The range, which was launched during Melbourne's DenFair, pairs porcelain and metal in a series of bars suspended from trapeze-like loops.
The bars are shaped to resemble the movements of aerial performers. There's a back flip, a forward bend created by draping the bar around the supporting pendant, and a lamp with two arms to create the impression of a double act.
The bars of each light feature translucent, glowing porcelain sections.
"It took around two years for it to go from its initial concept through many varied incarnations to the final simple, pared-back design," Porcelain Bear founder Gregory Bonasera told Dezeen.
"The final design took its name because of its similarity to an acrobat on a trapeze," he continued. "Its grace, balance and poise were the essence of an acrobat."
Bonasera set up Porcelain Bear in 2010. The designer studied ceramic design at Monash University in 1988, but focused on creating furniture and lighting from stainless steel after graduation.
In the late 90s Bonasera made a return to ceramics, later launching Porcelain Bear to specialise in porcelain furniture, objects, tiles and lighting.
"Everything we design and create has to have at least an element of porcelain in it," he told Dezeen. "Although it's a difficult medium to work and to master, we have dedicated many years to harnessing its idiosyncrasies."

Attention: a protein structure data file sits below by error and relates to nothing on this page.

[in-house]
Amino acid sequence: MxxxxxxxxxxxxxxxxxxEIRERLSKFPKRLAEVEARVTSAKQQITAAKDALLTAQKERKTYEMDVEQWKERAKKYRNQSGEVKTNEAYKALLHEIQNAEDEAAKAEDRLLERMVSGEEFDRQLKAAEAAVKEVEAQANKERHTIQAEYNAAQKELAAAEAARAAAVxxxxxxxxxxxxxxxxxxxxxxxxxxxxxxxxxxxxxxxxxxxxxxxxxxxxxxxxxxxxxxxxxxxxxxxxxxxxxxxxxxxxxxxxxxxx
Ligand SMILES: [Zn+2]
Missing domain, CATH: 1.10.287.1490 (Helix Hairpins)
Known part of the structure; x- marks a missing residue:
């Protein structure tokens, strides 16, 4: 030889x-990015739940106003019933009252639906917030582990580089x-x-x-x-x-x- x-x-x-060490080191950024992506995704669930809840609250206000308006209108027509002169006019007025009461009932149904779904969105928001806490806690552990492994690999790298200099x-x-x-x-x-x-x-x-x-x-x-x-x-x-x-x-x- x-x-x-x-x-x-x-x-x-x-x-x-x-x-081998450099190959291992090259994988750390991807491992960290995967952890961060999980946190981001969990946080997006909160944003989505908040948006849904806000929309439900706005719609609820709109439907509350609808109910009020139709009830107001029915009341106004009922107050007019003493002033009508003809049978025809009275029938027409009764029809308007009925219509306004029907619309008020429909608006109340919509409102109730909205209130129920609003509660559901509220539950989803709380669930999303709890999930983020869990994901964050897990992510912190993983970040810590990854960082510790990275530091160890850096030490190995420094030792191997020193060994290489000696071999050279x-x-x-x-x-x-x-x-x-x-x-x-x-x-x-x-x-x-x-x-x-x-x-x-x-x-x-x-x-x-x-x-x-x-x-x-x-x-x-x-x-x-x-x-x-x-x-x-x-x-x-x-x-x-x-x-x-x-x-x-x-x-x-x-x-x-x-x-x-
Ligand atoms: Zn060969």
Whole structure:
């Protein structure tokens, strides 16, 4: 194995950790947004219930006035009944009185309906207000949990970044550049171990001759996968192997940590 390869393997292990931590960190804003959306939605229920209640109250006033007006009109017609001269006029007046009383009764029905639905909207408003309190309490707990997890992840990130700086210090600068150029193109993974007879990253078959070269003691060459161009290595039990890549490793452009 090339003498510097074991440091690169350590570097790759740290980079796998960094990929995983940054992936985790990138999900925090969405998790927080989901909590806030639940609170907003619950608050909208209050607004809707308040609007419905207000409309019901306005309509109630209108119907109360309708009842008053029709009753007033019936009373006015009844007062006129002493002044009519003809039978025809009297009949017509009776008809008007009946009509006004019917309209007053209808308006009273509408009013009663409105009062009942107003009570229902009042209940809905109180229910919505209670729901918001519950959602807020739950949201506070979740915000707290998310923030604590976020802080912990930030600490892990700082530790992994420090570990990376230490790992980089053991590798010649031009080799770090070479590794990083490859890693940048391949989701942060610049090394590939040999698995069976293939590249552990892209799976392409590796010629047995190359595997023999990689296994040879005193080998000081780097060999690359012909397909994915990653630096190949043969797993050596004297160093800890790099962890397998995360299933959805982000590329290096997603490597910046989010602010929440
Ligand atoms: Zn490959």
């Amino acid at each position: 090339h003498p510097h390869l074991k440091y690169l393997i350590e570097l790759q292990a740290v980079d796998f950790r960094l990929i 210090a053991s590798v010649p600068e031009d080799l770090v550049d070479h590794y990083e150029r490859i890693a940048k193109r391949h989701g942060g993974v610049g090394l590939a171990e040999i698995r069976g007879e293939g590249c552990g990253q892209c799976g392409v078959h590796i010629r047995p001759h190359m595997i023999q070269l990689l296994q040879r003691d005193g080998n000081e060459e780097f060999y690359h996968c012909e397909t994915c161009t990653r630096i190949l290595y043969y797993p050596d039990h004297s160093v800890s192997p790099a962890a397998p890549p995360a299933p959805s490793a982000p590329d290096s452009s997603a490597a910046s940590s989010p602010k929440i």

"Porcelain is 15 per cent harder than glass. It offers a beautiful, warm translucency giving a subtle, delicately diffused light."
The circus has provided a source of inspiration for several other designers. New Zealand brand Resident launched a set of chain-like lamps that resemble the rings used by aerial performers, and Marcel Wanders borrowed from tents, clowns, elephants and strongmen for his Alessi kitchenware range.
Melbourne's Denfair also saw the launch of new furniture and lighting brand Nau, which hopes to kickstart a new Australian design movement by showcasing the work of local designers.